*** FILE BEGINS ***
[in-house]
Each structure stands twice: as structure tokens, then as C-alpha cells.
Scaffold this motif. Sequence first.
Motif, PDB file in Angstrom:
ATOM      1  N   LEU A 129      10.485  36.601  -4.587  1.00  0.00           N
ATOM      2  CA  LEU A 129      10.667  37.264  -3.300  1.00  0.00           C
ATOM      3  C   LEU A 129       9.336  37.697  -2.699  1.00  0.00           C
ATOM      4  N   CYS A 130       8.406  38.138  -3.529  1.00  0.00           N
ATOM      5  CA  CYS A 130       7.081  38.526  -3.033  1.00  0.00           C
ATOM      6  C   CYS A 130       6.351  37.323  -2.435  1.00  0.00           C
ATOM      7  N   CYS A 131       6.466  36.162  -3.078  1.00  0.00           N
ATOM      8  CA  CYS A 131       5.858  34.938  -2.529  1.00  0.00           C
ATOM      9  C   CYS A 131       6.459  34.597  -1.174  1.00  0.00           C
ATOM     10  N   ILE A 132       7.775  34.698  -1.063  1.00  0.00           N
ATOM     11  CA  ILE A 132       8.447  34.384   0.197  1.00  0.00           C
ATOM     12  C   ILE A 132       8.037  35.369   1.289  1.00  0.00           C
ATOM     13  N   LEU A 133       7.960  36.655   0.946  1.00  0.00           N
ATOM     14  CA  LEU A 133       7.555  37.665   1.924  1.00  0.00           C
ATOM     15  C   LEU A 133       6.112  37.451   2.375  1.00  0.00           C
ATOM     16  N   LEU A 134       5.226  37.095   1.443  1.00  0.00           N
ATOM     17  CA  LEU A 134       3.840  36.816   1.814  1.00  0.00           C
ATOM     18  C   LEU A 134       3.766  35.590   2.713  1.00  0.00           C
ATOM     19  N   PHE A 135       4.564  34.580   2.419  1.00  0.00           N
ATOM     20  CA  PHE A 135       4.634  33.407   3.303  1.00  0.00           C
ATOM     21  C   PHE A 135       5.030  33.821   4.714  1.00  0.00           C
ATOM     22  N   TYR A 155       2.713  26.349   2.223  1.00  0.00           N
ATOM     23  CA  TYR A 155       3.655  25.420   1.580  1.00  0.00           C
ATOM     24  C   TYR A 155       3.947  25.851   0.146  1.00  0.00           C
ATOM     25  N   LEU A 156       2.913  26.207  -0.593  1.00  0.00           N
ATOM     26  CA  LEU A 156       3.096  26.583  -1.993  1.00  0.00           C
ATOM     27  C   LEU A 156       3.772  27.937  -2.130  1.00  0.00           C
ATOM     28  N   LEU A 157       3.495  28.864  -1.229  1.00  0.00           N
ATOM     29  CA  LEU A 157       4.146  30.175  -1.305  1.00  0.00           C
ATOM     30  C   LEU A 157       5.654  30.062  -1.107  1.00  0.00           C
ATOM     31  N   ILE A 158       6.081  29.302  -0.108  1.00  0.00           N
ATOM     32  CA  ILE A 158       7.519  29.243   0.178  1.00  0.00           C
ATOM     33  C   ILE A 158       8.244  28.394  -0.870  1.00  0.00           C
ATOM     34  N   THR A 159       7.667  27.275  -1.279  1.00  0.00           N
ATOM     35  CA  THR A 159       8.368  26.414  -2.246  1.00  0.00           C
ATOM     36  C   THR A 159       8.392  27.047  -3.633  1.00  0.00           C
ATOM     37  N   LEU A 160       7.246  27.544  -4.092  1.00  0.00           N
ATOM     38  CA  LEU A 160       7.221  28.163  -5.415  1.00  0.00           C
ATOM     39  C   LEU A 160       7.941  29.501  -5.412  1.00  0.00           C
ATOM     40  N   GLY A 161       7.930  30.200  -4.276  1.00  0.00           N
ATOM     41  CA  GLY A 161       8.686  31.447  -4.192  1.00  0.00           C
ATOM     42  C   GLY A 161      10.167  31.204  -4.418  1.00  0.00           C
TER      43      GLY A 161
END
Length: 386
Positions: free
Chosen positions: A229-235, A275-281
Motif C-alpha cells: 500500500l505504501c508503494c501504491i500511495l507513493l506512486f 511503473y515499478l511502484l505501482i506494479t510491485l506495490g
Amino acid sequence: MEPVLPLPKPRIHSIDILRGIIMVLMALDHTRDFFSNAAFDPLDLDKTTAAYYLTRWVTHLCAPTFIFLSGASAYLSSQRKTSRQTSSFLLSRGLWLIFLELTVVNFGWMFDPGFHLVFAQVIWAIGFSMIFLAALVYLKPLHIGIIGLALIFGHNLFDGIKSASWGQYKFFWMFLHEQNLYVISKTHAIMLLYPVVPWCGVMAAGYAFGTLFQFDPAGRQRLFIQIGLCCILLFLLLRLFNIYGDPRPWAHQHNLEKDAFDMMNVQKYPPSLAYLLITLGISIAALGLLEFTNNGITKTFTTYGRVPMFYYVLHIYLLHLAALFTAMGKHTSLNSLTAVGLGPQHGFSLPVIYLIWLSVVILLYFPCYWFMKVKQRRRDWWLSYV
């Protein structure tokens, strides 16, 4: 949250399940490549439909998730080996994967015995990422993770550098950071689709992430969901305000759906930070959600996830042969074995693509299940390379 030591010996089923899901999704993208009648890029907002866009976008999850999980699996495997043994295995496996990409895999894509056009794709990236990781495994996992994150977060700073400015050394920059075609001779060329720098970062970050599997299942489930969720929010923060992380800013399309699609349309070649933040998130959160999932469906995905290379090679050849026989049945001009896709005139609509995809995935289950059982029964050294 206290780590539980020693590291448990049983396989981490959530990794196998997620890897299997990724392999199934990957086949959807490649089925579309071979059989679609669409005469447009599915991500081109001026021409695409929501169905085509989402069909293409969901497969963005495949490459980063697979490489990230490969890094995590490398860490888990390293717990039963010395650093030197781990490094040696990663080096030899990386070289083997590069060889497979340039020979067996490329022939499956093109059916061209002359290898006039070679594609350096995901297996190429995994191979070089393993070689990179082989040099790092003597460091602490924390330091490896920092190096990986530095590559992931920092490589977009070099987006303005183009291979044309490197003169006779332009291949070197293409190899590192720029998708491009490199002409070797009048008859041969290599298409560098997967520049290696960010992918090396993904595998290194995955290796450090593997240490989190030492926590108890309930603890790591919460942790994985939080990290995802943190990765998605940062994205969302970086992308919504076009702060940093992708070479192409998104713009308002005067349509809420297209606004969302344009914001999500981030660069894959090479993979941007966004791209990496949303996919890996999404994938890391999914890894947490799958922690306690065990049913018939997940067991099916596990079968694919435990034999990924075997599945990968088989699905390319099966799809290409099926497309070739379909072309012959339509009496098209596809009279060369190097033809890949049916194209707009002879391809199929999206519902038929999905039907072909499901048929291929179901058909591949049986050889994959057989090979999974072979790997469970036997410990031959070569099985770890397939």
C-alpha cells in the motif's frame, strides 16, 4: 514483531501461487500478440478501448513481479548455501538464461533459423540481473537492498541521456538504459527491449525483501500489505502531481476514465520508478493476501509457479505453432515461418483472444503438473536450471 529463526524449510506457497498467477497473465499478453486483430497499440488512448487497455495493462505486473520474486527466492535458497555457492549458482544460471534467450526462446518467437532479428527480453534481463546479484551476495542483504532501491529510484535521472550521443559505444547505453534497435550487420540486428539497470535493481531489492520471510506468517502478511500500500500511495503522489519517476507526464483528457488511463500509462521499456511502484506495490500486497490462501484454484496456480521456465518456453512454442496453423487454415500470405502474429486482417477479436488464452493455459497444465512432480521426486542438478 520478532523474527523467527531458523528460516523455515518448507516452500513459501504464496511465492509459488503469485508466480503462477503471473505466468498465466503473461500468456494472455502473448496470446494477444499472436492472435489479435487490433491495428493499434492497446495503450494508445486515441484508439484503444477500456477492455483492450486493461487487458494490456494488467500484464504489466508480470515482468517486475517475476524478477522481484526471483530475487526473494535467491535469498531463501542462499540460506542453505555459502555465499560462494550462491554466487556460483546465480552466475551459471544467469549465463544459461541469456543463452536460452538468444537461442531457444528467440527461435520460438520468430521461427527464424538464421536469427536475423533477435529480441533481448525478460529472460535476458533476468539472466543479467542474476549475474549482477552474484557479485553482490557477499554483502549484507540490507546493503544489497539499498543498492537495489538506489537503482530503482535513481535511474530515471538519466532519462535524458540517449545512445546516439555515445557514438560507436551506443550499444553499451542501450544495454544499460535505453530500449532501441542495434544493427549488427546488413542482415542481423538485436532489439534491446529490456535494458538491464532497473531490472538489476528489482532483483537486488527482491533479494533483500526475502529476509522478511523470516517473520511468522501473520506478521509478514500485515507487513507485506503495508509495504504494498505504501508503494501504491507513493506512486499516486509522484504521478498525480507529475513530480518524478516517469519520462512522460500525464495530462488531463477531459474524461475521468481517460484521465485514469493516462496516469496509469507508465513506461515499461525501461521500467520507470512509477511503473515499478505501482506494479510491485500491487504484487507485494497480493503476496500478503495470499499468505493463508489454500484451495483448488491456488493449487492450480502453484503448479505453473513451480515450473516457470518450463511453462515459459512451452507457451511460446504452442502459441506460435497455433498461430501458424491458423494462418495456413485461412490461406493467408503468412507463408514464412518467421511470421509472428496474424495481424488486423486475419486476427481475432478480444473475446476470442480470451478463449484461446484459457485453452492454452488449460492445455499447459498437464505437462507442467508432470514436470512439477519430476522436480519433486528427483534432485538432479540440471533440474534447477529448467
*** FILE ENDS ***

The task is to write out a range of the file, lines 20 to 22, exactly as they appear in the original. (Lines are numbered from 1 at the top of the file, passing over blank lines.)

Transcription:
ATOM     16  N   LEU A 134       5.226  37.095   1.443  1.00  0.00           N
ATOM     17  CA  LEU A 134       3.840  36.816   1.814  1.00  0.00           C
ATOM     18  C   LEU A 134       3.766  35.590   2.713  1.00  0.00           C